Following is additional information on using Kaamos W-DAC board. Please also see the product description. If something is still unclear, please contact us. We will try to update the information based on feedback.
The board only requires 5V for digital VD supply. This should not exceed 5.5V. You can use 2-pin Molex Micro-Fit connector with compatible Kaamos power supply, or cut and use the cable connected to your own power supply. Or you can just solder the supply wires.
The board has RCA coaxial and optical Toslink S/PDIF inputs. To add more inputs, see below.
In addition, there is a PCM input via 0.1″ pinheader. When selected, this goes directly to I2S outputs via a switch. It allows the use of external USB or other module where I2S is just bypassed. The source must be I2S Master.
I2S signal outputs
DAR 18 has I2S digital serial output consisting of following four signals:
- MCLK – Master Clock
- BCLK – Bit Clock
- WCLK – Word Clock (sometimes also referred as LRCK)
All these are outputs and provided with U.FL connectors. Signal level is 3.3V.
For information on using U.FL cables with headers, please see this post.
Mute (noted EMUTE on bottom silkscreen) on DAR 18 is active-high output that can be connected to W-DAC or any following circuit to mute analog outputs when there is no valid S/PDIF signal to prevent possible artefacts.
Briefly, whether using the board in HW or I2C mode, EMUTE output works even without any configuration or user interaction. However, below is additional information on the mute circuit details.
EMUTE generation in DAR 18 is a logical OR of three signals: AK4118A UNLOCK, AK4118A nAUDIO, and user controllable (via I2C) mute. When any of these are high, EMUTE is high. In HW control mode UNLOCK and nAUDIO take care that if S/PDIF receiver is unlocked or receives signal that is not PCM audio (e.g. accidental multichannel-coded S/PDIF), EMUTE is high. In I2C control mode UNLOCK and nAUDIO default to the same signals but these can be configured in AK4118A registers. In addition, user can set mute via TCA9554.
There are also onboard LEDs for LOCK and MUTE.
DAR 18 has RCA and Toslink inputs onboard but there are several ways to add extra inputs. Officially we support up to 4 inputs in total but it is possible to use up to 8 in I2C control mode; please refer to AK4118A datasheet and DAR 18 schematics for connections. You do need external circuits for the inputs beyond four.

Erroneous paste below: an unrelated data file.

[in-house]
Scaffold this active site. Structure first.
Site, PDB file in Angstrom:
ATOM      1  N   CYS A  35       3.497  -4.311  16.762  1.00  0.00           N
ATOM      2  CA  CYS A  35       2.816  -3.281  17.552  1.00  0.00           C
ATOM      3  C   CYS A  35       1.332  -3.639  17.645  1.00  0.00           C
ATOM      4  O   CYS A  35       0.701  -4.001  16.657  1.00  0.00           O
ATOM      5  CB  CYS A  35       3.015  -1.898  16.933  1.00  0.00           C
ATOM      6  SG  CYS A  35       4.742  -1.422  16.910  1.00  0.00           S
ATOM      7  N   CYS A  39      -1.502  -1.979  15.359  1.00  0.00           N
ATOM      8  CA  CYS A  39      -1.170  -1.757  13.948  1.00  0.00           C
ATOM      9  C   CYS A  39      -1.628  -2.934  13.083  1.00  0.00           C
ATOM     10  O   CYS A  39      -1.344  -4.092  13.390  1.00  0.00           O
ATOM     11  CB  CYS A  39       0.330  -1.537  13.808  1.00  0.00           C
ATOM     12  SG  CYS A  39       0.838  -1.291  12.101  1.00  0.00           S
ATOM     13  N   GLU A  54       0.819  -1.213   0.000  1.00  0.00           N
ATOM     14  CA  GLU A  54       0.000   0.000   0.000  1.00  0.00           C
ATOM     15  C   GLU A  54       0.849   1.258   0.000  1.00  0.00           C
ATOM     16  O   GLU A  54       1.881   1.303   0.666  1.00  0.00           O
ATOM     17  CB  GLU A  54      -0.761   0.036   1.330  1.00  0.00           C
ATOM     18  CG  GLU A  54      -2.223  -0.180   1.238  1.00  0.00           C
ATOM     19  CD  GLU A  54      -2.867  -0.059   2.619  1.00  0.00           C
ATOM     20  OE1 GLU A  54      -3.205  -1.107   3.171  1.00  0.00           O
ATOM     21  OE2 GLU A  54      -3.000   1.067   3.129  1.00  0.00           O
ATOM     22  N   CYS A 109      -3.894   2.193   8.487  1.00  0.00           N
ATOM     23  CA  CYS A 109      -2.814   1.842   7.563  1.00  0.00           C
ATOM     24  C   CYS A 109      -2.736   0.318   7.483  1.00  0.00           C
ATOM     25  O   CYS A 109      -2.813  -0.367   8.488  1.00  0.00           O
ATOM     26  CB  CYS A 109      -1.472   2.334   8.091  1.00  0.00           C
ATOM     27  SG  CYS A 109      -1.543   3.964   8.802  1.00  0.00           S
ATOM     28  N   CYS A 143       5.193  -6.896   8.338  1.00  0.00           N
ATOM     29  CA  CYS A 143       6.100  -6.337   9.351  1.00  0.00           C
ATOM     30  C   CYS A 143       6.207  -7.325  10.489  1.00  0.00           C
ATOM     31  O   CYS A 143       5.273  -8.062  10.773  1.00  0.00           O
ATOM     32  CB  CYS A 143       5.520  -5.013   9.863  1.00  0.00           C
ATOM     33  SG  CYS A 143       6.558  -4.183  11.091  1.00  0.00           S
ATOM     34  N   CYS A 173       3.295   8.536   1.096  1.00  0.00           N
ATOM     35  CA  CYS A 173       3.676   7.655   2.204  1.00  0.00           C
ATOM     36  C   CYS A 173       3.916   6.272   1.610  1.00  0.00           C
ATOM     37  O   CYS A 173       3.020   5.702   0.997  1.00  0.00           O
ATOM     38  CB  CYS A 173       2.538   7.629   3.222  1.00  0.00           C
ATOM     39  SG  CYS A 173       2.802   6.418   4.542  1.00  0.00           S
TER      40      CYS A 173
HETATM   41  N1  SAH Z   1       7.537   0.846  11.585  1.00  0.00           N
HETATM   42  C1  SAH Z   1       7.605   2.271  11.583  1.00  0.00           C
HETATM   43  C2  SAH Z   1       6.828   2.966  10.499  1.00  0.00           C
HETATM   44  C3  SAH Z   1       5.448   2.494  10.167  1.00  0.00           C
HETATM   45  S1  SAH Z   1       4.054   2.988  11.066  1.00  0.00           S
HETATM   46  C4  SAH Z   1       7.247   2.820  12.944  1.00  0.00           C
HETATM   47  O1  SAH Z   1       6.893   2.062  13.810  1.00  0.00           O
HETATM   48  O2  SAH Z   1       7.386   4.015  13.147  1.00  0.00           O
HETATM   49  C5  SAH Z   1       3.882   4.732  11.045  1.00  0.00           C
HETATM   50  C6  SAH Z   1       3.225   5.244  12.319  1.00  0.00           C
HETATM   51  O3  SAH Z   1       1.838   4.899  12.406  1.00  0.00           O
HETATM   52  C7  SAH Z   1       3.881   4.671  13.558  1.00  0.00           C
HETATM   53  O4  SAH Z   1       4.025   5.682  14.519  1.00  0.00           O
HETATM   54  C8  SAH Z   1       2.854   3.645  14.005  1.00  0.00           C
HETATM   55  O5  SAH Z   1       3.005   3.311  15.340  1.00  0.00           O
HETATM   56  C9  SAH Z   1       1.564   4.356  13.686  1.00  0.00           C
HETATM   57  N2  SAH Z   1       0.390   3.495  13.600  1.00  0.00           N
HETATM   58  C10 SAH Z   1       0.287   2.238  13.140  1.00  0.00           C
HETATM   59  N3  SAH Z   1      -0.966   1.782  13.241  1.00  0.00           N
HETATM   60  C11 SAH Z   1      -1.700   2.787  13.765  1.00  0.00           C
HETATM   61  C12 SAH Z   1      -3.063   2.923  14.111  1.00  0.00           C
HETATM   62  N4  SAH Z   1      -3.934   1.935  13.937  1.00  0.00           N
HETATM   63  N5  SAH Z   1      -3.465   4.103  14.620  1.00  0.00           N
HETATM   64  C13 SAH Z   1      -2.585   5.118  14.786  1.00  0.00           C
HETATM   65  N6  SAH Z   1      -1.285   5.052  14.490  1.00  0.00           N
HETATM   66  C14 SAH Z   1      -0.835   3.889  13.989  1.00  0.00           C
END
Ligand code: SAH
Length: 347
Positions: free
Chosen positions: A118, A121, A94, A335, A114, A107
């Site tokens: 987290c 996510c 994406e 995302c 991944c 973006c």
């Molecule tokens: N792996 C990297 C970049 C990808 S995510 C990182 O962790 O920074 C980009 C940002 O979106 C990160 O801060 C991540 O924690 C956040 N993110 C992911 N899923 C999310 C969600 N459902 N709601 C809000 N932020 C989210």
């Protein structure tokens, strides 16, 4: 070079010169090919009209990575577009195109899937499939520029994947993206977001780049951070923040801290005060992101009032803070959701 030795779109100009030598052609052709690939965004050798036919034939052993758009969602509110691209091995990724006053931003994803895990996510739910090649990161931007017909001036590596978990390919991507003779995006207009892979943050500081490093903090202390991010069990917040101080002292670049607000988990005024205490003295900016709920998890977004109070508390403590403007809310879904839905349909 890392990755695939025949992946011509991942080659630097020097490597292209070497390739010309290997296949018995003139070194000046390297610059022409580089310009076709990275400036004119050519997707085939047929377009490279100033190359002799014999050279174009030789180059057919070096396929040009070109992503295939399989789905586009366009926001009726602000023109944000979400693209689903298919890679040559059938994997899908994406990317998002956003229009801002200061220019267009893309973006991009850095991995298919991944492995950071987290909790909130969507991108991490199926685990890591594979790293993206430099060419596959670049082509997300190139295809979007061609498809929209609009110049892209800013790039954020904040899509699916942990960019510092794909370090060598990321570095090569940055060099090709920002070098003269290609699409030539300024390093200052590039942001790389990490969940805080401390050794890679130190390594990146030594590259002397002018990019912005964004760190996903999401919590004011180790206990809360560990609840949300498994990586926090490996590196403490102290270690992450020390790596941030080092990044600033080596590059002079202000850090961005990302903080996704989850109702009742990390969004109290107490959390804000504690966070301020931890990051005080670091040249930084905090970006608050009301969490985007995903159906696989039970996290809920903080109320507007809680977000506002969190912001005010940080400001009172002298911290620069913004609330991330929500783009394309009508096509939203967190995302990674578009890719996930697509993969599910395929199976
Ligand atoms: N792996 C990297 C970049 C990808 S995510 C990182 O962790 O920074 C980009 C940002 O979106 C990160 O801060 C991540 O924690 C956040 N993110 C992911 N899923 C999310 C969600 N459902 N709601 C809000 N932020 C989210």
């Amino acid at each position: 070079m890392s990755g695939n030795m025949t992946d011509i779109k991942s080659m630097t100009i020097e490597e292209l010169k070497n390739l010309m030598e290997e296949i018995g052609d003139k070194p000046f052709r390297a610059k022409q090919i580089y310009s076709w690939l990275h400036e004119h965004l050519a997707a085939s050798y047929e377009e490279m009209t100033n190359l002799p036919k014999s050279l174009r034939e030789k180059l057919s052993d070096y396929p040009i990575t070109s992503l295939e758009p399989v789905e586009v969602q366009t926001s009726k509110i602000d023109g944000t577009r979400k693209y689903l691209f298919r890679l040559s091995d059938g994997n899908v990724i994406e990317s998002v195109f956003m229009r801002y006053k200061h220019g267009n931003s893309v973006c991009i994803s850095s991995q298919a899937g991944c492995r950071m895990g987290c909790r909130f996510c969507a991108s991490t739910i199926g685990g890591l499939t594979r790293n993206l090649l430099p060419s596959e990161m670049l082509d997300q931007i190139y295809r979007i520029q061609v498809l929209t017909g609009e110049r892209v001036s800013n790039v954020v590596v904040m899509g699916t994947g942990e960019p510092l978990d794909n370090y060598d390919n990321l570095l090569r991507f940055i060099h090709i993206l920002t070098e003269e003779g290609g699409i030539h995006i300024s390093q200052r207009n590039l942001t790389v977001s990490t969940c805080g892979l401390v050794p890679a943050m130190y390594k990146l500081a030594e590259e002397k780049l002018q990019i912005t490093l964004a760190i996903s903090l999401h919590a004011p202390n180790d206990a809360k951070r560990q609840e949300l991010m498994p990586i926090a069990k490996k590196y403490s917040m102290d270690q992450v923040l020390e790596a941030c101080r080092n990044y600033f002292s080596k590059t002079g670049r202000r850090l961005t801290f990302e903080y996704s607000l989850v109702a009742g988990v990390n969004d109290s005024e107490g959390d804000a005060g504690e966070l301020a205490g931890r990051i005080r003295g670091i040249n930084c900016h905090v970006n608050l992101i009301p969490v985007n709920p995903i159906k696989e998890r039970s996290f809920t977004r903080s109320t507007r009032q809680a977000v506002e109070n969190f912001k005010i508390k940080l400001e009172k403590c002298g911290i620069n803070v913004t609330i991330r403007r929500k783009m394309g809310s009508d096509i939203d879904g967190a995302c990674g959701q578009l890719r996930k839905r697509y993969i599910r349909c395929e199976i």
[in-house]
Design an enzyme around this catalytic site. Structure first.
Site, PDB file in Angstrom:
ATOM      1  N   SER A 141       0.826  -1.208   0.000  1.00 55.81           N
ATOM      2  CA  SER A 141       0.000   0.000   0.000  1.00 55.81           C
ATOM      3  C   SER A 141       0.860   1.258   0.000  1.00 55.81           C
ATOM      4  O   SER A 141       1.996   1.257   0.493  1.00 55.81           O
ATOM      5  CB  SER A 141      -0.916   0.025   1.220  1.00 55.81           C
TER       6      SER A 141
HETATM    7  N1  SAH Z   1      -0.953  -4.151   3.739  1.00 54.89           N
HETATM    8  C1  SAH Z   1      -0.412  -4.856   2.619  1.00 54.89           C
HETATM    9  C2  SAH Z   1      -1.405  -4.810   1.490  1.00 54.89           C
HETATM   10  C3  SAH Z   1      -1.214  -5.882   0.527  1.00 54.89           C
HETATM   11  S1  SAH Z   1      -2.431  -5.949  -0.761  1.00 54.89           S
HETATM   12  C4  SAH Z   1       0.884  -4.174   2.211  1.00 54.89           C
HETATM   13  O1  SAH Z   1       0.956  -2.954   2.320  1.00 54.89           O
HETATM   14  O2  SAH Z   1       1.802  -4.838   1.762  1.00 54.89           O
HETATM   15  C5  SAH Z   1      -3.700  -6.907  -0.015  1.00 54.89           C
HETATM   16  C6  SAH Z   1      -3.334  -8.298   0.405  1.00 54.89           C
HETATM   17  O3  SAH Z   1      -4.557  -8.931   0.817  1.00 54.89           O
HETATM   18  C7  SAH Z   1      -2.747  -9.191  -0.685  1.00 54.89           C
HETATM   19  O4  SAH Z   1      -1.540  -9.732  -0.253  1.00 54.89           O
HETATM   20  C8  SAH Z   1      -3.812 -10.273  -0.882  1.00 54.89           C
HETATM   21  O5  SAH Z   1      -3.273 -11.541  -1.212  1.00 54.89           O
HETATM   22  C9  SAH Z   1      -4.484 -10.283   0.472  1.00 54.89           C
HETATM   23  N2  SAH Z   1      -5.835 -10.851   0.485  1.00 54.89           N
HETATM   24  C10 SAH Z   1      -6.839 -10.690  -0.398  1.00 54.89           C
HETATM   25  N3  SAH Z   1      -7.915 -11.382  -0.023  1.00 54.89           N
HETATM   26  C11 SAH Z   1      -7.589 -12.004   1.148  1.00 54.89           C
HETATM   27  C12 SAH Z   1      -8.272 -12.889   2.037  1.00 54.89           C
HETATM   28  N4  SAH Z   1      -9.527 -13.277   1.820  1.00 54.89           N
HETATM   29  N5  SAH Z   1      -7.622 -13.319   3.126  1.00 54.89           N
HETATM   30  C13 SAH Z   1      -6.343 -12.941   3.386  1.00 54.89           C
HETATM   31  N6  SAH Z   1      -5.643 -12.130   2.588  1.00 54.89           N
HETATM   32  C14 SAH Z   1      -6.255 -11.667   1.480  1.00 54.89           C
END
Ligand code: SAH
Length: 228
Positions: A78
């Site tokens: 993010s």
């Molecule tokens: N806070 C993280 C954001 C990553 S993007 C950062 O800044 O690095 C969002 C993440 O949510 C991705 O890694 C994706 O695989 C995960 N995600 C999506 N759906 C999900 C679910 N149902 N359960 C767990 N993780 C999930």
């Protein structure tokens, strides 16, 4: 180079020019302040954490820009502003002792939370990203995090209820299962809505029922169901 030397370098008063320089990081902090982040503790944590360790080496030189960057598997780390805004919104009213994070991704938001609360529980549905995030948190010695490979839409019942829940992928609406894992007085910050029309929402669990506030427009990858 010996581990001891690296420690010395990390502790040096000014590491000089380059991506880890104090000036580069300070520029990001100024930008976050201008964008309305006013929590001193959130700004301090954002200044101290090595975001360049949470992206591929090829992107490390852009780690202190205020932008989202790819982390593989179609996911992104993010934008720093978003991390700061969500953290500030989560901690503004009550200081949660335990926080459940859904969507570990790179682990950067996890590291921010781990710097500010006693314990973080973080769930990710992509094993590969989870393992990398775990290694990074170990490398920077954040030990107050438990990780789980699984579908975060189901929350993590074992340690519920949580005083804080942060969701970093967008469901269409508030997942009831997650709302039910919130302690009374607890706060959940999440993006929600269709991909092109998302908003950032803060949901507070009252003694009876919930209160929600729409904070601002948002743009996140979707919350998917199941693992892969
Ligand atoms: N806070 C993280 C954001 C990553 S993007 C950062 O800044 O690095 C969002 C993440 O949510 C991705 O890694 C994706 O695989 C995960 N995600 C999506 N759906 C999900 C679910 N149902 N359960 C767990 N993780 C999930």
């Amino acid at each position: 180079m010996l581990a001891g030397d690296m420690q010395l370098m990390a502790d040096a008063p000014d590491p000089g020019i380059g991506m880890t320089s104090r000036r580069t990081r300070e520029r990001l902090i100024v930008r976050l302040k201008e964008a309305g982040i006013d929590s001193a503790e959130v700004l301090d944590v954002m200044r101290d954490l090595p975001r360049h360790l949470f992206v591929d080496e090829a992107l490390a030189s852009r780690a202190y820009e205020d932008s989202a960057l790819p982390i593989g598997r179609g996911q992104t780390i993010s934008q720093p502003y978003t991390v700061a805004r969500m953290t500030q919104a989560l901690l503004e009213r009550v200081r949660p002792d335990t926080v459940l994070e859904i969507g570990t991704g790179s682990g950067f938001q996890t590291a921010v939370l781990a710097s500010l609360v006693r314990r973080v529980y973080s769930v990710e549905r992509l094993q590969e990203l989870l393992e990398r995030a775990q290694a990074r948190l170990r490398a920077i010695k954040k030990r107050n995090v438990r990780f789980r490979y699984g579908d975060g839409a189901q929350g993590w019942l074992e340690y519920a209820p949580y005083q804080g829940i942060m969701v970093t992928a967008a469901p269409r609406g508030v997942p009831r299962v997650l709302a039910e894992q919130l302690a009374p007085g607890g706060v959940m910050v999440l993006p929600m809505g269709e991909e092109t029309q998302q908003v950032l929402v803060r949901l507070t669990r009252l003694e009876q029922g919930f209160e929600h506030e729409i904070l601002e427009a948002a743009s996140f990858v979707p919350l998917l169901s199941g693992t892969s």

XLR AES/EBU input
There is already an input circuit for XLR input onboard so a panel XLR connector can be wired out without any extra components. When doing so, please do not connect XLR Pin1 to the PCB ground as it will direct interference picked up by the cable to the circuit ground. Instead, connect Pin1 to the chassis at the connector, or use a connector where this is done already (e.g. some Neutrik connectors).
We recommend using a twisted pair or microphone cable for the XLR pins 2 and 3 connecting to the PCB. If your cable has a shield, connect it only at one end (e.g. PCB ground, leaving the other end unconnected), again to prevent directing external cable shield interference to the circuit board.
We sell input addon board that adds XLR AES/EBU and BNC inputs; note that this XLR uses the same connection as the wired option mentioned above so you cannot use both.
BNC is electrically the same connection as RCA but it is a superior connector, albeit not widely used in audio. If you wish to use BNC to connect to RCA, you can easily find BNC-RCA adapters – or of course create your own custom cable using 75ohm coaxial cable and matching BNC and RCA connectors.
We can easily design other addon board options as well, e.g. to add extra Toslink connectors instead of XLR/BNC. If you have any wishes, please contact us.
There is also an S/PDIF output via U.FL, outputting re-clocked input signal. It may not be often needed but it is provided as the IC has the option. However, this is really only usable in I2C variant because in HW-variant the input cannot be changed but it is always the XLR.
Note that it is not possible to convert the PCM input to S/PDIF output.
Control mode variants
Two variants of DAR 18 are available, using HW-control or I2C control. The latter requires a host to program registers but HW-variant is as plug and play as it can be.
The PCB is the same for both variants but BOM is different. It is possible to convert the board between the two variants but it requires soldering/desoldering components, including ICs.
In HW variant input is selected with jumper link:
|OPT jumper link
|RCA jumper link
|PCM jumper link
|XLR (wired or adddon)
You can add external switches to select input. While it’s simple to do RCA, OPT, and PCM with a rotary switch, we do realise it’s a bit tricky to implement all inputs with a mechanical switch and will look into better solution for the next board revision.